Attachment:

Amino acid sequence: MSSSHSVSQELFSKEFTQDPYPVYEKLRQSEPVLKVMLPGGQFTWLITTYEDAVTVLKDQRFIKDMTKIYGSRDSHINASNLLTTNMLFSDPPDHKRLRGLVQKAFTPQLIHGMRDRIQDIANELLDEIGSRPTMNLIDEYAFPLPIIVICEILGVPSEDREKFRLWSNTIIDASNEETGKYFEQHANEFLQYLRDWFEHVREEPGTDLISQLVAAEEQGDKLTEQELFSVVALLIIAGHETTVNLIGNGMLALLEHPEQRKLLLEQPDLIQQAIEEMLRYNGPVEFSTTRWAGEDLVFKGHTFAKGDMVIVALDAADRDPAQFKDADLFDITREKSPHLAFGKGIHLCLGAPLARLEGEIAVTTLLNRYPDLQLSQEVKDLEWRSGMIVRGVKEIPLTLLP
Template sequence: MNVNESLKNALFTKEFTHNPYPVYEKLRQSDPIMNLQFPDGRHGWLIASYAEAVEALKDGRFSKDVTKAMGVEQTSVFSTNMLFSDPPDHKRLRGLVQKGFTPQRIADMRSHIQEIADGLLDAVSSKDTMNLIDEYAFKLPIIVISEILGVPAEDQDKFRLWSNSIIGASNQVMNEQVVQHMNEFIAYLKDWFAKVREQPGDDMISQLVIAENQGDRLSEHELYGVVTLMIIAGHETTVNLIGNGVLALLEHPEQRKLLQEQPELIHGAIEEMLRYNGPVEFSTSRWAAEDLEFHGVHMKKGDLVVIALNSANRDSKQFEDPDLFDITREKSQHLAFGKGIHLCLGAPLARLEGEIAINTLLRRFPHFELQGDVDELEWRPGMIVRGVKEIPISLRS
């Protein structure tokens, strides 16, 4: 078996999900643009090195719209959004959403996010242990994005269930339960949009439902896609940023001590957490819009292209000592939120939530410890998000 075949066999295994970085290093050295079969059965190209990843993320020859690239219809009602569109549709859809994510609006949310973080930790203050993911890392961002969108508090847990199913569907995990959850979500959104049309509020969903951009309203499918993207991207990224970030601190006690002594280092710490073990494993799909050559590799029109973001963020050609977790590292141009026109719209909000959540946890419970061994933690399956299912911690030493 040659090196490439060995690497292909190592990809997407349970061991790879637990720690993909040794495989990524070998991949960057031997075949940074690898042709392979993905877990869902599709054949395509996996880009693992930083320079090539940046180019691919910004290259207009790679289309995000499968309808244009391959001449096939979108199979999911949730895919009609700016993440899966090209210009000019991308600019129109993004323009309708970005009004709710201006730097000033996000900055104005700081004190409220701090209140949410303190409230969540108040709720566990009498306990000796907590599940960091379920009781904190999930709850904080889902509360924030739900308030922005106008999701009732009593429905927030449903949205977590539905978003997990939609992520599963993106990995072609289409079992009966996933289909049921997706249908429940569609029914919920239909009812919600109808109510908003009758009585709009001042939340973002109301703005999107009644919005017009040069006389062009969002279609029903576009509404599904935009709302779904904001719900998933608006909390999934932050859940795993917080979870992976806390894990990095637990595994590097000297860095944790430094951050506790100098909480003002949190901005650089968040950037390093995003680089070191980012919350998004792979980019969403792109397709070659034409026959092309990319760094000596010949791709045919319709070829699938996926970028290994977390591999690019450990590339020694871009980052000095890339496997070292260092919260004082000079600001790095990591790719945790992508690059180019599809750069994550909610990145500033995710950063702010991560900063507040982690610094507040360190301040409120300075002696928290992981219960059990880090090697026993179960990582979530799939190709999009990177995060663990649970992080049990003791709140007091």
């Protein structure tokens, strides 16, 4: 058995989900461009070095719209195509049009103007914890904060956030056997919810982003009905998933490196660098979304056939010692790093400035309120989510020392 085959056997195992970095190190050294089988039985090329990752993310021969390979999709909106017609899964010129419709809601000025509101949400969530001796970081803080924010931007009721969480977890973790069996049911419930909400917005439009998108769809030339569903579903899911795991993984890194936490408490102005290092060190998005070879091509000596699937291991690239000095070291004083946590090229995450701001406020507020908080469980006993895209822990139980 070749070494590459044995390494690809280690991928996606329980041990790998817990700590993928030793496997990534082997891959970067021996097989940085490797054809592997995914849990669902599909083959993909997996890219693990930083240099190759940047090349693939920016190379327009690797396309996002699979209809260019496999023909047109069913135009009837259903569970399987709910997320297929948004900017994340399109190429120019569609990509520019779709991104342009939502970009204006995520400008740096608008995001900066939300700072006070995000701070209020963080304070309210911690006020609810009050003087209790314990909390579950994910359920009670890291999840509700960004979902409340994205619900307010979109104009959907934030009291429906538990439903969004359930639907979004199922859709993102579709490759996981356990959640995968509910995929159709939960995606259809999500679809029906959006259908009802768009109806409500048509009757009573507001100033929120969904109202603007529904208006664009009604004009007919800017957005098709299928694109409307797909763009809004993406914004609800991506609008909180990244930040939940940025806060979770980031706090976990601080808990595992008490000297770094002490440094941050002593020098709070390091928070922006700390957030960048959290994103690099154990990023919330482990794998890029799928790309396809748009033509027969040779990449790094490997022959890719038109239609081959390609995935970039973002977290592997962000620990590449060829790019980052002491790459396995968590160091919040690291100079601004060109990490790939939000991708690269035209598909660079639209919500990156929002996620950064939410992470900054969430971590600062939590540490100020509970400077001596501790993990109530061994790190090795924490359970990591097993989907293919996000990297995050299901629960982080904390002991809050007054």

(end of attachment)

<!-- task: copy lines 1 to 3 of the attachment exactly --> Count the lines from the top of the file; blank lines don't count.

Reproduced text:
Amino acid sequence: MSSSHSVSQELFSKEFTQDPYPVYEKLRQSEPVLKVMLPGGQFTWLITTYEDAVTVLKDQRFIKDMTKIYGSRDSHINASNLLTTNMLFSDPPDHKRLRGLVQKAFTPQLIHGMRDRIQDIANELLDEIGSRPTMNLIDEYAFPLPIIVICEILGVPSEDREKFRLWSNTIIDASNEETGKYFEQHANEFLQYLRDWFEHVREEPGTDLISQLVAAEEQGDKLTEQELFSVVALLIIAGHETTVNLIGNGMLALLEHPEQRKLLLEQPDLIQQAIEEMLRYNGPVEFSTTRWAGEDLVFKGHTFAKGDMVIVALDAADRDPAQFKDADLFDITREKSPHLAFGKGIHLCLGAPLARLEGEIAVTTLLNRYPDLQLSQEVKDLEWRSGMIVRGVKEIPLTLLP
Template sequence: MNVNESLKNALFTKEFTHNPYPVYEKLRQSDPIMNLQFPDGRHGWLIASYAEAVEALKDGRFSKDVTKAMGVEQTSVFSTNMLFSDPPDHKRLRGLVQKGFTPQRIADMRSHIQEIADGLLDAVSSKDTMNLIDEYAFKLPIIVISEILGVPAEDQDKFRLWSNSIIGASNQVMNEQVVQHMNEFIAYLKDWFAKVREQPGDDMISQLVIAENQGDRLSEHELYGVVTLMIIAGHETTVNLIGNGVLALLEHPEQRKLLQEQPELIHGAIEEMLRYNGPVEFSTSRWAAEDLEFHGVHMKKGDLVVIALNSANRDSKQFEDPDLFDITREKSQHLAFGKGIHLCLGAPLARLEGEIAINTLLRRFPHFELQGDVDELEWRPGMIVRGVKEIPISLRS
């Protein structure tokens, strides 16, 4: 078996999900643009090195719209959004959403996010242990994005269930339960949009439902896609940023001590957490819009292209000592939120939530410890998000 075949066999295994970085290093050295079969059965190209990843993320020859690239219809009602569109549709859809994510609006949310973080930790203050993911890392961002969108508090847990199913569907995990959850979500959104049309509020969903951009309203499918993207991207990224970030601190006690002594280092710490073990494993799909050559590799029109973001963020050609977790590292141009026109719209909000959540946890419970061994933690399956299912911690030493 040659090196490439060995690497292909190592990809997407349970061991790879637990720690993909040794495989990524070998991949960057031997075949940074690898042709392979993905877990869902599709054949395509996996880009693992930083320079090539940046180019691919910004290259207009790679289309995000499968309808244009391959001449096939979108199979999911949730895919009609700016993440899966090209210009000019991308600019129109993004323009309708970005009004709710201006730097000033996000900055104005700081004190409220701090209140949410303190409230969540108040709720566990009498306990000796907590599940960091379920009781904190999930709850904080889902509360924030739900308030922005106008999701009732009593429905927030449903949205977590539905978003997990939609992520599963993106990995072609289409079992009966996933289909049921997706249908429940569609029914919920239909009812919600109808109510908003009758009585709009001042939340973002109301703005999107009644919005017009040069006389062009969002279609029903576009509404599904935009709302779904904001719900998933608006909390999934932050859940795993917080979870992976806390894990990095637990595994590097000297860095944790430094951050506790100098909480003002949190901005650089968040950037390093995003680089070191980012919350998004792979980019969403792109397709070659034409026959092309990319760094000596010949791709045919319709070829699938996926970028290994977390591999690019450990590339020694871009980052000095890339496997070292260092919260004082000079600001790095990591790719945790992508690059180019599809750069994550909610990145500033995710950063702010991560900063507040982690610094507040360190301040409120300075002696928290992981219960059990880090090697026993179960990582979530799939190709999009990177995060663990649970992080049990003791709140007091």